Meanwhile, could Prada have survived in earlier times? Probably not. In the 1940’s, what was beautiful, in good taste, in high society, followed the lives of the “jet set” and upper-class society, with little deviation or dissention. For a woman who loathes the idea of designing a so-called “beautiful” evening gown – and one who began her career in the “ugly-chic” heyday of the 1970’s – the world of the pre-war couturier based on the whims and demand of the very few, would seem like the worse kind of creative oppression. However, Schiaparelli’s creativity depended on these sartorial parameters; within them, she was able shock, amuse and inspire. Prada’s creativity originates more from the psychology of the masses, of designing something universal, but not generic; aspirational, but not inaccessible. They did not simply design for a particular woman; they designed for a particular woman who could exist at no other time.

While fashion is still considered a form of personal expression, the rise of stylists as a necessary force in both fashion and media seems to be moving fashion away from art and towards a science. While the label domination of the 1980’s and 2000’s might have passed – for now – fashion is still commodified, organized, dictated, and diagrammed for the average woman. Designers without an eye on retail and the “average woman” risk painting themselves into an elitist corner. Fashion might be a form expression, but it has become less personal even as the options multiply, which is perhaps why Schiaparelli endures as a fashion ideal. With only one true rival – Coco Chanel – and willing to sacrifice business and profit to stay true to her art and vision, Schiaparelli is both designer and bohemian fantasy.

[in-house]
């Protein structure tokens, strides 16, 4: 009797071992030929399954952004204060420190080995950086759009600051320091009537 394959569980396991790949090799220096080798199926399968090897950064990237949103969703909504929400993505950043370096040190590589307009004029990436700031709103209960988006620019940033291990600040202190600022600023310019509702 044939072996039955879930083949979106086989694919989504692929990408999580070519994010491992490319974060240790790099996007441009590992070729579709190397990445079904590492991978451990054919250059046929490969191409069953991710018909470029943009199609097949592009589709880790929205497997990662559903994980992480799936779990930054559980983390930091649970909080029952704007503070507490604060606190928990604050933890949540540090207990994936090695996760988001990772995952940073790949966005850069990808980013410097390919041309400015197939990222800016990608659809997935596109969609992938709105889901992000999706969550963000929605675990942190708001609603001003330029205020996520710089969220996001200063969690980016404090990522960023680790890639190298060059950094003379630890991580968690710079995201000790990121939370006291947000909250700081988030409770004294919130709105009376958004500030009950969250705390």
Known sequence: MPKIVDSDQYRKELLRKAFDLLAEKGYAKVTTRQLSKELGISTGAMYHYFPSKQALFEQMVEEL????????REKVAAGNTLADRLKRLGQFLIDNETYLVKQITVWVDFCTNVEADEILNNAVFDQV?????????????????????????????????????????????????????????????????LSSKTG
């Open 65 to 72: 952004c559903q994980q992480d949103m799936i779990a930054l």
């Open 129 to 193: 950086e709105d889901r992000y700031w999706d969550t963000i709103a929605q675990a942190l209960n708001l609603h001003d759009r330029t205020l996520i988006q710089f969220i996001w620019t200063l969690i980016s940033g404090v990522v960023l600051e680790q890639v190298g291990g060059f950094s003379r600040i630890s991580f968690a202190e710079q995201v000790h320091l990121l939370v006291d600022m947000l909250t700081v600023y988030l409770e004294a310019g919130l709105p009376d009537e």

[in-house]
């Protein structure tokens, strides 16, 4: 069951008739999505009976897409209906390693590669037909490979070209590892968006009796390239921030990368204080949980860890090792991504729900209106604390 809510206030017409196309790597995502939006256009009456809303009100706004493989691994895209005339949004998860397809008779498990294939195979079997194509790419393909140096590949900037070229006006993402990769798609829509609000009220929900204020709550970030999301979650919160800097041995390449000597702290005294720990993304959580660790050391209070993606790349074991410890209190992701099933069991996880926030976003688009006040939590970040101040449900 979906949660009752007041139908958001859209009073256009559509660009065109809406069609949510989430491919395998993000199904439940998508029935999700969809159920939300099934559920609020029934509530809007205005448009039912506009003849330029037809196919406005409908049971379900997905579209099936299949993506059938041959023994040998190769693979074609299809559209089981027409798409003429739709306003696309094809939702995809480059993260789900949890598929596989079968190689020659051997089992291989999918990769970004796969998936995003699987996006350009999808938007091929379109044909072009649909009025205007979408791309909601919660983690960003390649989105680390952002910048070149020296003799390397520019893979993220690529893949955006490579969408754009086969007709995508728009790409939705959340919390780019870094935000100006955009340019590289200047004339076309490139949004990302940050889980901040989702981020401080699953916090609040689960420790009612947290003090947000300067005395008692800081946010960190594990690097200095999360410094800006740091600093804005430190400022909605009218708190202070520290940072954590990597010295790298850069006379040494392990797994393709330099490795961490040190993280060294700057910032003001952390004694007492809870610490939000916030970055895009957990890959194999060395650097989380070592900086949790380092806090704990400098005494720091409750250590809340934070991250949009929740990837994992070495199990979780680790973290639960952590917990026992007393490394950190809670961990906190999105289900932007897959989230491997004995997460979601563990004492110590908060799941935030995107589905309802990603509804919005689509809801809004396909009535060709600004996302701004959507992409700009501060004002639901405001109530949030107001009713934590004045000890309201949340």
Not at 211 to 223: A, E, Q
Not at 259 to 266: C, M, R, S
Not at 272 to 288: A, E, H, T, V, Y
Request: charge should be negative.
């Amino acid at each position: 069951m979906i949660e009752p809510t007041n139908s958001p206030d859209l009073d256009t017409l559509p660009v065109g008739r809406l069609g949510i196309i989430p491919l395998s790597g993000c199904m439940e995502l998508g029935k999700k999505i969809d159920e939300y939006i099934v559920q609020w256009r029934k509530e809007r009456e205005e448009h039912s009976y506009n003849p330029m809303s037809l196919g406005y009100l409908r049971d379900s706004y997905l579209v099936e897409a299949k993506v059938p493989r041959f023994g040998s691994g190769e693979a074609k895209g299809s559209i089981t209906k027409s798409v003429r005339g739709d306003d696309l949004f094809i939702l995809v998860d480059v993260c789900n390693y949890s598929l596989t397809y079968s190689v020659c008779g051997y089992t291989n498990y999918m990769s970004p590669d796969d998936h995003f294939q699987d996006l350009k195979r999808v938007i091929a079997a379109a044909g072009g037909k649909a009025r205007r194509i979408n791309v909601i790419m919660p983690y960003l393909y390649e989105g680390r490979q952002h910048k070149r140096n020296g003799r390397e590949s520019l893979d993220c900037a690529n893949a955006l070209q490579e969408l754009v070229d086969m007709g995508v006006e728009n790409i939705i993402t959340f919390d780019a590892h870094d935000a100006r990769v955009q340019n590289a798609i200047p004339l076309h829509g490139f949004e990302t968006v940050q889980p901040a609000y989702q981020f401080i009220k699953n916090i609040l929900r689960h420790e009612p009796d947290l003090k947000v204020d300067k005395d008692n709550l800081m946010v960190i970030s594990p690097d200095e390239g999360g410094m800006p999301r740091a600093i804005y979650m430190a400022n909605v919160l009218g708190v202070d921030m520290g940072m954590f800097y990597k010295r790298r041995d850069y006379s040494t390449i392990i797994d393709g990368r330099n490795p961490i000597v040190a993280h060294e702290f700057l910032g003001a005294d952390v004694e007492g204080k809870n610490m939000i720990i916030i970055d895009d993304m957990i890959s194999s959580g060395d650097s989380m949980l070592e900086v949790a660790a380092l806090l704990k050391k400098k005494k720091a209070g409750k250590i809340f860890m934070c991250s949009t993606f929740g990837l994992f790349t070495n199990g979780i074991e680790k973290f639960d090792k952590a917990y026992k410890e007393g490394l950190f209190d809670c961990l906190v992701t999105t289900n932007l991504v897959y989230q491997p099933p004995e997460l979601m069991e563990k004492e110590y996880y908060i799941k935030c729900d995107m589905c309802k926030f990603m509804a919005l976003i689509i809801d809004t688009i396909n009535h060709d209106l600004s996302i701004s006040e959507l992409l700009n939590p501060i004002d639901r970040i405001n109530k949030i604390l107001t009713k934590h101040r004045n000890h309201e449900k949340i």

Even so, a Schiaparelli dress is still a Schiaparelli dress; a label no different from Prada’s. Indeed, since her vision was so unique, her designs so revolutionary, her styling so exuberant, it becomes hard to imagine wearing Schiaparelli as a form of “personal” expression when each piece is so viscerally connected to its creator. Leaving the exhibit, I realized that part of me had been unabashedly window-shopping the collection. There were beautiful garments all around me, but half of the designs proclaimed their designer too boisterously and the other half far too prosaically.

And yet, even this is a sign of the times. A Prada garment is open to customization; how it is worn still depends on the styling of the wearer, with stylists whispering the latest trends from the wings. A Schiaparelli garment is a complete outfit in and of itself, with the styling done by the designer herself. In this era of endless options, it’s the simpler, more generic garment that sells the best. But regardless of what trend is upon us in the next decade, what we wear – and how we wear it – remains one of the most basic, immediate and undeniable signifiers of who we are.  From that perspective it becomes perhaps the most  universal art form, practiced by all classes, in all environments, by individuals, constantly communicating whom we are – and whom we want to be. Whether fashion is an art or not, it remains vital to how we define ourselves.

And it’s unlikely that either Prada or Schiaparelli would disagree…or disapprove.